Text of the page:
|View across to Seville's bull ring|
|The tomb of Christopher Columbus|
|Patio de los Naranjos|
Located just outside the cathedral, the Patio de los Naranjos dates back to the Moorish times when worshippers would wash their hands and feet here, under the orange trees before their daily prayers.
|Inside the Alcazar|
It's easy to be fooled into thinking this is a Moorish palace as some of the rooms and courtyards seem to come straight from the Alahambra. Most of them were actually built by Moorish workmen but for King Pedro the Cruel of Castile in the 1360s who, with his mistress Maria de Padilla, lived and ruled from the Alcazar. Pedro embarked upon a complete rebuilding of the palace, employing workmen from Granada and utilizing fragments of earlier Moorish buildings in Seville, Cordoba and Valencia.
Pedro's work forms the nucleus of the Alcazar as it is today and, despite numerous restorations necessitated by fires and earth tremors, it offers some of the best surviving examples of Mudejar architecture.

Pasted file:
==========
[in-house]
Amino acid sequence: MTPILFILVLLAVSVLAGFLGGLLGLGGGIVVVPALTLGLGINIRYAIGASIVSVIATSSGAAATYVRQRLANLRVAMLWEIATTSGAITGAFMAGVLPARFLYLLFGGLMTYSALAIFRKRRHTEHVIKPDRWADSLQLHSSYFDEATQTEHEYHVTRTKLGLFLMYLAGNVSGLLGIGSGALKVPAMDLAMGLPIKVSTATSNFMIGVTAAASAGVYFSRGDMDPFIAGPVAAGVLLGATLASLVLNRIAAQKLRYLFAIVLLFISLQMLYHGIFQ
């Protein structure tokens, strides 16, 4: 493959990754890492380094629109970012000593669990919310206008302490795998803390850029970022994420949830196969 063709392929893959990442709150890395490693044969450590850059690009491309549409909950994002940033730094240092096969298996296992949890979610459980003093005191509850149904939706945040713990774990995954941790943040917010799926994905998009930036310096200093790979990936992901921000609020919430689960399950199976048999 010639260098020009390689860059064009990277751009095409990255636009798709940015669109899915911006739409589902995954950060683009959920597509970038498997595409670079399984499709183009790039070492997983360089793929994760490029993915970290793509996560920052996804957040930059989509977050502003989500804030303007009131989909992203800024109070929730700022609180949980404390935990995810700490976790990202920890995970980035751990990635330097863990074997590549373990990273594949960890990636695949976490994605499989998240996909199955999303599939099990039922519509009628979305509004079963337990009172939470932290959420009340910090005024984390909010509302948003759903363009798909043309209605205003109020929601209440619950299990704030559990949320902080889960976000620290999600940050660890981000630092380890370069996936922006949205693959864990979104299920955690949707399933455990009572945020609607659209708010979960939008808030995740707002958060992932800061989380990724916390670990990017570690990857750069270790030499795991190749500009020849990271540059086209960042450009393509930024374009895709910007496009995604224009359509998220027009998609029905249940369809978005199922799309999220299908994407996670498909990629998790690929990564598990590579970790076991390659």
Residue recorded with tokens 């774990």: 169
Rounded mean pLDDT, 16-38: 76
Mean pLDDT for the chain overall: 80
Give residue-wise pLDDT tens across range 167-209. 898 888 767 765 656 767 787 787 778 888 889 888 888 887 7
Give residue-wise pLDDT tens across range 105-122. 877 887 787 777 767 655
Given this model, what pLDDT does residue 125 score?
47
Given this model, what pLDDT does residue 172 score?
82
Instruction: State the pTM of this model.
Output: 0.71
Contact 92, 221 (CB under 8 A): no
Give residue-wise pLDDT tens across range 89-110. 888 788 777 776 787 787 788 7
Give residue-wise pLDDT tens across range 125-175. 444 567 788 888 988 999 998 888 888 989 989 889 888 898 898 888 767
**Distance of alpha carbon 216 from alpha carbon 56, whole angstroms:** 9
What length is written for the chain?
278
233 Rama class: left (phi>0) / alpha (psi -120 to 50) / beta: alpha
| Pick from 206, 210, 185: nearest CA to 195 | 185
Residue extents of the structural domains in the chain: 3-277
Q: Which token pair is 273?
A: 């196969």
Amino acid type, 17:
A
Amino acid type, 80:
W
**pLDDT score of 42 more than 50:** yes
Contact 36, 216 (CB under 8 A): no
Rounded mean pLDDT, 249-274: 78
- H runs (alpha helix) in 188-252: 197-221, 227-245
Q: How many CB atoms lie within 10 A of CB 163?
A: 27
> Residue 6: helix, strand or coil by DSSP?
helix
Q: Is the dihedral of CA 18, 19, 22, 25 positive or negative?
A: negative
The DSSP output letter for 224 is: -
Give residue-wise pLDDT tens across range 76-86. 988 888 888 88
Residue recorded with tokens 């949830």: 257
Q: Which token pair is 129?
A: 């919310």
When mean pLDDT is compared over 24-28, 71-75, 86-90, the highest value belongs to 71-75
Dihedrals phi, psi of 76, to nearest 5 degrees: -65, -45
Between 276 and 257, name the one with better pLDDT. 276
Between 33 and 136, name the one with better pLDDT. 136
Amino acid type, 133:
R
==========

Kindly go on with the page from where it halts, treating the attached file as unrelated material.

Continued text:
Next stop during our brief break in Seville was the Plaza de Espana. Representative of much of the regional architecture, this magnificent construction is highlighted with polychromatic ceramic tiles. The semi-circular plaza is flanked by two spectacular towers and a bordering lake. It was built for the Ibero-American exhibition of 1929. Its creator was Anibal Gonzalez who mixed a style inspired by the Renaissance with typical elements from the city: exposed brick, ceramics and wrought iron, the latter worked by Domingo Prida.
Our final port of call from our post on Seville is the Seville bullring. Whatever you may think of this Spanish tradition it is worth a visit to this magnificent building which is considered to be one of the finest in Spain and is one of the oldest and most important of its type across the globe.
|Farewell from Seville|